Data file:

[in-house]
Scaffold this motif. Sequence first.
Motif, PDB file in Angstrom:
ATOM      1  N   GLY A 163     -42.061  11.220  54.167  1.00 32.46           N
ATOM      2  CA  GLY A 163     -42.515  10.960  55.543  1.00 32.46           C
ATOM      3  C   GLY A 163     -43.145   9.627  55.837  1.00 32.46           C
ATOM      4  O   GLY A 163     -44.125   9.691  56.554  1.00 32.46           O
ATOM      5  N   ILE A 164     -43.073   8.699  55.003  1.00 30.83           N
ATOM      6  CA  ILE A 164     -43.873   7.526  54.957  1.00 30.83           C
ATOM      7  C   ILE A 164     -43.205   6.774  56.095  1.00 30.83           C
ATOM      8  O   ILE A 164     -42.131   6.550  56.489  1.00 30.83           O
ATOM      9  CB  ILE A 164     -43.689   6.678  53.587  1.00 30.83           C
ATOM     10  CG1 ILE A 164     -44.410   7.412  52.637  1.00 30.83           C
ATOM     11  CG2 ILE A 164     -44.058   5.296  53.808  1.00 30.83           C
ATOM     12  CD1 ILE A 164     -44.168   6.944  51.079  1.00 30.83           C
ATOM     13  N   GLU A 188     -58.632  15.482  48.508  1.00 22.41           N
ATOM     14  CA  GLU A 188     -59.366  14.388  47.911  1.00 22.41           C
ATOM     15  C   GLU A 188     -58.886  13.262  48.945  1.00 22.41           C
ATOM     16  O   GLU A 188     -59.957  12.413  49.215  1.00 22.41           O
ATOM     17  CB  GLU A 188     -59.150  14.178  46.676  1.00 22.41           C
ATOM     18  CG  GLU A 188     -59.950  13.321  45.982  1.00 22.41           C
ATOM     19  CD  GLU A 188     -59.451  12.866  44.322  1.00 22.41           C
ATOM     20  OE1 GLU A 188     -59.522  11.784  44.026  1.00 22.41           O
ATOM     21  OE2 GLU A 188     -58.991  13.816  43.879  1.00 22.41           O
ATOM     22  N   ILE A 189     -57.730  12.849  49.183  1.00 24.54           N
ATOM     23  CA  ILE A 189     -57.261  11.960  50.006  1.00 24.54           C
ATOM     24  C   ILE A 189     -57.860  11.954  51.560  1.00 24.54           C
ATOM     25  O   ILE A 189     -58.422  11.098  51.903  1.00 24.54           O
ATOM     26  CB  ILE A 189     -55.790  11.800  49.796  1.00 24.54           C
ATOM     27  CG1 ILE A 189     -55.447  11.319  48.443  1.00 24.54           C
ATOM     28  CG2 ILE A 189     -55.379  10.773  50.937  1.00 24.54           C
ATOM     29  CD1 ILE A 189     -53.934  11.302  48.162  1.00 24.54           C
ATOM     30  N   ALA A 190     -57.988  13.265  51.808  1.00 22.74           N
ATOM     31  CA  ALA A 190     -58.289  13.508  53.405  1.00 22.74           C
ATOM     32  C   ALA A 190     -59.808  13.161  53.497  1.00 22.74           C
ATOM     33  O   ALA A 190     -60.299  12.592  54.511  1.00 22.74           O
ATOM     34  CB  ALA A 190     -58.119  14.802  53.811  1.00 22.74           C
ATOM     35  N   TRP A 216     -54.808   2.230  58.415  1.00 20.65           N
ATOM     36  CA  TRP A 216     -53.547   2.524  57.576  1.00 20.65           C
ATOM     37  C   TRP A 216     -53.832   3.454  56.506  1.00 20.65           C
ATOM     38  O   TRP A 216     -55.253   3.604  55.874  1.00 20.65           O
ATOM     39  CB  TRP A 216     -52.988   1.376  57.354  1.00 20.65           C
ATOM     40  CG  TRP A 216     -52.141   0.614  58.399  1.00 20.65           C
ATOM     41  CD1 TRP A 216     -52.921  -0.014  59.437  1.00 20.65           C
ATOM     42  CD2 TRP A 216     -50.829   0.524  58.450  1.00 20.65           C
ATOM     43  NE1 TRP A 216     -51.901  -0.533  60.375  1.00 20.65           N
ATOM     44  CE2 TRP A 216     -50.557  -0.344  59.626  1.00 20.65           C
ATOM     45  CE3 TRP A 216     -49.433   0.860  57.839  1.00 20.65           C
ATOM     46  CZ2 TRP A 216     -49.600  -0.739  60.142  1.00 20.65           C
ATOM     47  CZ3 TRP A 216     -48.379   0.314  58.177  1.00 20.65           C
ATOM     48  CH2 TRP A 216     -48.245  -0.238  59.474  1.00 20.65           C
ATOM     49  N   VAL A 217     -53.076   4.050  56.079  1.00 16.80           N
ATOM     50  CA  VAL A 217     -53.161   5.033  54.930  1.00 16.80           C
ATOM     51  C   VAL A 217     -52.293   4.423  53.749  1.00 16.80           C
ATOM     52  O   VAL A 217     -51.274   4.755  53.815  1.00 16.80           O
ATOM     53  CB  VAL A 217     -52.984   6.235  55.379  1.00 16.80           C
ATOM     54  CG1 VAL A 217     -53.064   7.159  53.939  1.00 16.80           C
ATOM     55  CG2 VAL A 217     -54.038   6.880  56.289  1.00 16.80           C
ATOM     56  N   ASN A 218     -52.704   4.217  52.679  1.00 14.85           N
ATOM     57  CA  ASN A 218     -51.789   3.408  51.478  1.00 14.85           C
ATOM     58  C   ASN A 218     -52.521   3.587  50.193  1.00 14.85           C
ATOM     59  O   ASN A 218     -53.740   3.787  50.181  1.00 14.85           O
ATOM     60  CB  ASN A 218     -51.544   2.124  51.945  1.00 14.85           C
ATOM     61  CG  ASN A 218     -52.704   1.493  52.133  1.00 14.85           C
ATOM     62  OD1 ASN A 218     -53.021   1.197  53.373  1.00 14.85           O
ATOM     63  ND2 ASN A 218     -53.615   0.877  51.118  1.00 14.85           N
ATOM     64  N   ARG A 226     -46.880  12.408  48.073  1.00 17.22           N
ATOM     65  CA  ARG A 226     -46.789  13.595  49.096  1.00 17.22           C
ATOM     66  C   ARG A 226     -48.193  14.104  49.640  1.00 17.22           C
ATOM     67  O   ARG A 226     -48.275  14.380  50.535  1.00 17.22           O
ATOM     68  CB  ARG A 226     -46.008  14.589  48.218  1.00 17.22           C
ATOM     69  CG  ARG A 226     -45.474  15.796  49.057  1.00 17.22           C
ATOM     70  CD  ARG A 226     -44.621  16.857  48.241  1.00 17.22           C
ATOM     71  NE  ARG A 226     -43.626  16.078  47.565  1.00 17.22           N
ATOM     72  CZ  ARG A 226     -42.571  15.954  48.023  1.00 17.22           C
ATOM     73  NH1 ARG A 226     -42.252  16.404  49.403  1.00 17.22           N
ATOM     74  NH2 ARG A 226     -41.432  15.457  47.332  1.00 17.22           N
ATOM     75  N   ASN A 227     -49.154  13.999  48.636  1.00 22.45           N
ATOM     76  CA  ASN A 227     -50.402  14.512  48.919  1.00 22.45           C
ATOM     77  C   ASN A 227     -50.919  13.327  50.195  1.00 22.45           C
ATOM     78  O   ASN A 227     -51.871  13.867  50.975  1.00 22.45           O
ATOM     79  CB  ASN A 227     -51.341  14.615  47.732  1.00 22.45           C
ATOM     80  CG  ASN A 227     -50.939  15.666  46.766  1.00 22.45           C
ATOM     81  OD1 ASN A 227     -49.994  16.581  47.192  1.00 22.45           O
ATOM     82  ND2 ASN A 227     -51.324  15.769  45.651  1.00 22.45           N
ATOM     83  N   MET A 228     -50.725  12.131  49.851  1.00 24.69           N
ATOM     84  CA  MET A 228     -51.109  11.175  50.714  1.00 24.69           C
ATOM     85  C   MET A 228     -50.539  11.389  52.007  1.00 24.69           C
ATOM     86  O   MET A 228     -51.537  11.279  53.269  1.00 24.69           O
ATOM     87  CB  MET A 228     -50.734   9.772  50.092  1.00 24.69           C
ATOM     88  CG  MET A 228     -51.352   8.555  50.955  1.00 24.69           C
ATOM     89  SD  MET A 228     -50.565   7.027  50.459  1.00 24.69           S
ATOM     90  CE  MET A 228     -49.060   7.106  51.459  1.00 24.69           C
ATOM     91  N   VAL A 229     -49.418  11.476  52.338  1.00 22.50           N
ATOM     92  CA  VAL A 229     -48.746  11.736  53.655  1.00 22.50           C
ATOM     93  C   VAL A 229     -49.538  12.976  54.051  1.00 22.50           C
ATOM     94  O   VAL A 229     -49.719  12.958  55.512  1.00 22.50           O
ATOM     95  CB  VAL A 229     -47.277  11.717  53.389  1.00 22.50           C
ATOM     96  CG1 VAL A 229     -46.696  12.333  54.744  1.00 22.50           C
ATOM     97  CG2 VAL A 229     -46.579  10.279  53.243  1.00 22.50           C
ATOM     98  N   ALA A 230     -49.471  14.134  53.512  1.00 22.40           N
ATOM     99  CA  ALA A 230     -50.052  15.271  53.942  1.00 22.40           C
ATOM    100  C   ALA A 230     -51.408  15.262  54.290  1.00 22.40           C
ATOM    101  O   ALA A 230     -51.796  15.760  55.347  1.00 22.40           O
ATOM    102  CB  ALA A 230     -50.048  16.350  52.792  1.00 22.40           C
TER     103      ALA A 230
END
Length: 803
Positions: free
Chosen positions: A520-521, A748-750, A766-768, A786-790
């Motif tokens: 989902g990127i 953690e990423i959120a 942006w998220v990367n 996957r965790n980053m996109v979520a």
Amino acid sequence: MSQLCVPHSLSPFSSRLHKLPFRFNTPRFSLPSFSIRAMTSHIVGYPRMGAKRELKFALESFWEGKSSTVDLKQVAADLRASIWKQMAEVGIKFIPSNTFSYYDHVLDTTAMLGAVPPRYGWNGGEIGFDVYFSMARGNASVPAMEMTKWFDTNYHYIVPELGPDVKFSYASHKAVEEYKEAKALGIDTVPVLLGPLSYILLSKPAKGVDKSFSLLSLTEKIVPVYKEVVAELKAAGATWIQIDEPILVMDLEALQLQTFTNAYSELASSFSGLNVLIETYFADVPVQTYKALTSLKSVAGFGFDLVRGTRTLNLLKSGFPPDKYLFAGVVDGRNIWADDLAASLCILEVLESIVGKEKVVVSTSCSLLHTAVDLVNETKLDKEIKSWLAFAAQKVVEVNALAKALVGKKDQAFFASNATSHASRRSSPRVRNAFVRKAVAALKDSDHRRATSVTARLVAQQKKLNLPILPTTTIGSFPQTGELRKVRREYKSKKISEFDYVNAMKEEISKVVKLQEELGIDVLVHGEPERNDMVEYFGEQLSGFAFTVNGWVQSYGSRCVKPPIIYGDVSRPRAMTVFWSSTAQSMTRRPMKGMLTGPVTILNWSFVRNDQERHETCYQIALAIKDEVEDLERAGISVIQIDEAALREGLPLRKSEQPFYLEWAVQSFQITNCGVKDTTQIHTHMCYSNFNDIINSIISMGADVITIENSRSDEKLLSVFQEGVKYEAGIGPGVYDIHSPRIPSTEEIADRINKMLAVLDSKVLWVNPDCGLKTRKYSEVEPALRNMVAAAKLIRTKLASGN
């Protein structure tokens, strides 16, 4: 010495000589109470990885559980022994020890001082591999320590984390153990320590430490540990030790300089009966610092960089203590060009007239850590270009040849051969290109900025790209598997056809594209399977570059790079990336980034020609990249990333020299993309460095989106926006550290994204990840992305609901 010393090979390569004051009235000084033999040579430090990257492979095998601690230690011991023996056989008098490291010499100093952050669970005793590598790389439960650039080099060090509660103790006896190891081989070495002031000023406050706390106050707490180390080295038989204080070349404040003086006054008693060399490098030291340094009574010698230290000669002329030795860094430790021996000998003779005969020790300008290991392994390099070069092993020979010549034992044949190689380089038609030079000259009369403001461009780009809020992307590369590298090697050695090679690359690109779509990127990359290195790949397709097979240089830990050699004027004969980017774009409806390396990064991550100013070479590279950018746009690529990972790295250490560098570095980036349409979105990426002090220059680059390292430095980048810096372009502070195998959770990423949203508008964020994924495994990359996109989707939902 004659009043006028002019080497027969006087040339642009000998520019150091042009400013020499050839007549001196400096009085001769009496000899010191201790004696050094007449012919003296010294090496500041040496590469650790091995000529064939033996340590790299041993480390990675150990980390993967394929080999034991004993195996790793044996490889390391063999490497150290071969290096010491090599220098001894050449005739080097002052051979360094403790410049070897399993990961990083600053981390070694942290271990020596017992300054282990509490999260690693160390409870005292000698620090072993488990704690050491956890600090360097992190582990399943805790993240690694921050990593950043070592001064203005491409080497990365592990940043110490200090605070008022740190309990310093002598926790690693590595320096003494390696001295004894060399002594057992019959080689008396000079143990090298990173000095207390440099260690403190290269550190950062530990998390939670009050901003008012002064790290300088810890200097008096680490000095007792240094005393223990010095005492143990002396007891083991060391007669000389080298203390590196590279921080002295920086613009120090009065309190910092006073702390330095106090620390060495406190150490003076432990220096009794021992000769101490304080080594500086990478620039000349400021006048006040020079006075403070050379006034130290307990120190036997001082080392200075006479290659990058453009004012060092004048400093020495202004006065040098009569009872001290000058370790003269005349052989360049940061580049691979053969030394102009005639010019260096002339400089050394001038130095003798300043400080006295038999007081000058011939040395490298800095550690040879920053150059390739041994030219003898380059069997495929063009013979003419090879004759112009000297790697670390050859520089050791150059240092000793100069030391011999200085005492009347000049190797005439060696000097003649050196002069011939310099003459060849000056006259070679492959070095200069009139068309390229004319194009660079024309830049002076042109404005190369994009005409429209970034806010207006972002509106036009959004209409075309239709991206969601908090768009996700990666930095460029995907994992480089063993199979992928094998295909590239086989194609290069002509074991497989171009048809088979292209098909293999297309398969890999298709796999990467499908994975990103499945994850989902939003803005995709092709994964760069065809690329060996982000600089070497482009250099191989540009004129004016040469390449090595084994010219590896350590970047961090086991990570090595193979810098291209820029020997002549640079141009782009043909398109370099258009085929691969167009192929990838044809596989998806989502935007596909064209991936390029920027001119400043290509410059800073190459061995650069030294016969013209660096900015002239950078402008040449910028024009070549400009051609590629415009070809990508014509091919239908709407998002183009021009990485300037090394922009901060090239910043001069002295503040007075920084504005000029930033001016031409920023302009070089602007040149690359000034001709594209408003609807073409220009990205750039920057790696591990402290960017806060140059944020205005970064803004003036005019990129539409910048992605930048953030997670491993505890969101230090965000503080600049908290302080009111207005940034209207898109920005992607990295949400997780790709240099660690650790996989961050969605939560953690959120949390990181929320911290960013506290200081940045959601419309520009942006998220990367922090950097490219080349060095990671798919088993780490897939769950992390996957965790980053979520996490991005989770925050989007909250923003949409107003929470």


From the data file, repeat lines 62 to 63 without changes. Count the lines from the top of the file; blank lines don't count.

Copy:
ATOM     59  O   ASN A 218     -53.740   3.787  50.181  1.00 14.85           O
ATOM     60  CB  ASN A 218     -51.544   2.124  51.945  1.00 14.85           C